Mining helps keep family on the land

Claire TyrrellCountryman

Striking a balance between agriculture and off-farm pursuits has kept the Unkovich family in the game.

Fifth generation farmer Julian Unkovich loves life on the land but in recent years has turned to the mining sector to provide an additional income stream.

Southern Cross Goldfields, Radar Iron and Vector Resources are among the companies Julian works with, mainly doing exploration work.

His wife Janis runs a successful photography business, taking family portraits, landscapes and weddings for her clients.

Farming 14km south of Southern Cross, the couple have experienced more dry years in the last decade than they can remember in their time farming.

"I still love farming but it is getting harder and harder and the margins are getting tighter," Julian said.

"It is a bit disenchanting that for all the hard work you put in you don't get much reward."

The Unkoviches sowed 2040 hectares of wheat and 160ha of oats this year, and have had about 170mm of annual rainfall.

Coming off their worst season ever in 2011, and with a late break to this season, Julian and Janis reduced their plantings.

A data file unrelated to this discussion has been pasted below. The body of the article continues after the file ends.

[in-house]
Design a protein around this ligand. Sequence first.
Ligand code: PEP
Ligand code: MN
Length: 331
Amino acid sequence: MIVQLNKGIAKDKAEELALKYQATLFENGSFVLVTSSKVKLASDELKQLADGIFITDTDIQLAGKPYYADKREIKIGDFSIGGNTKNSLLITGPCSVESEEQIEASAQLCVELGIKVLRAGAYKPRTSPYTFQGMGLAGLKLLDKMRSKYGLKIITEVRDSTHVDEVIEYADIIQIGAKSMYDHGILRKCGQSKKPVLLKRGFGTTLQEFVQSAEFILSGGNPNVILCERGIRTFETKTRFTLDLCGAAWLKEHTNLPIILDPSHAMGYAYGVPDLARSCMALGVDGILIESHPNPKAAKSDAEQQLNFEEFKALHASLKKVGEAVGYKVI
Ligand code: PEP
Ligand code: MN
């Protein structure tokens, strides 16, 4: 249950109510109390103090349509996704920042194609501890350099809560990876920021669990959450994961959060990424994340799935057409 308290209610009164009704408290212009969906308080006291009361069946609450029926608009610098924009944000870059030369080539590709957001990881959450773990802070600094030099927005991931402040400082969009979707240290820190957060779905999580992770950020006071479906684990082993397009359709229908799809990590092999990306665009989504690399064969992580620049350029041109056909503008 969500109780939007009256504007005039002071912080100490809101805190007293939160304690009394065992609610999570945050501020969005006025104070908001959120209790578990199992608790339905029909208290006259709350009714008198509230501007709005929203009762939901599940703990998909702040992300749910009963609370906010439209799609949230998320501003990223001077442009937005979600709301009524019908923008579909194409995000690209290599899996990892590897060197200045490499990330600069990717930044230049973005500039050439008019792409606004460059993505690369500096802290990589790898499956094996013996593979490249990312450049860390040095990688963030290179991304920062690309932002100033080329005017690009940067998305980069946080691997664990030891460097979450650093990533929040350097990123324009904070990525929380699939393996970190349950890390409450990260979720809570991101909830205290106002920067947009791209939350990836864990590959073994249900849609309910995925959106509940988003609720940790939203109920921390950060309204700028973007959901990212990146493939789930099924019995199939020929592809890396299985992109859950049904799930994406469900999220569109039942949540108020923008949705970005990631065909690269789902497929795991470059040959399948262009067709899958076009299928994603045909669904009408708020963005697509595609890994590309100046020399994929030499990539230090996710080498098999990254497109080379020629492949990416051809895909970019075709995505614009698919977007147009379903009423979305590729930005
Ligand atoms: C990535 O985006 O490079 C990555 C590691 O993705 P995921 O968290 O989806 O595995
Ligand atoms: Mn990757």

"We could bump our program up to 7000 acres (2832ha) if the season looks good," he said.

"But the last few seasons have been a bit more marginal so we have been a lot more cautious."

Last season the Unkoviches only harvested about half of their crop, with wheat yields of about 0.5 tonnes per hectare.

Julian said a large proportion of it was downgraded because of sprouted grain caused by harvest rains.

He said one positive was that this season they did not have to put out as many inputs because there were plenty left in the soil.

"We cut back on inputs this year because last year was a bit of a failure, so the crop didn't use all the nutrients," he said.

Julian and Janis also run a Merino flock of about 800 breeding ewes. Julian said they had reduced the flock in recent years because of the dry seasons.

"We are a bit low on sheep numbers - we want to be over 1000 breeders," he said.

Despite having a run of dry seasons, the family holds out hope that things will turn around.

Julian said that until last year 2002 was their worst season but 2003 turned out to be their best season ever.

He said he hoped the poor seasons were part of a cycle that would change for the better.

The Unkoviches plan to start harvesting in early November.

Fast facts *

WHO: Julian and Janis Unkovich

WHAT: Mixed farming

WHERE: Southern Cross

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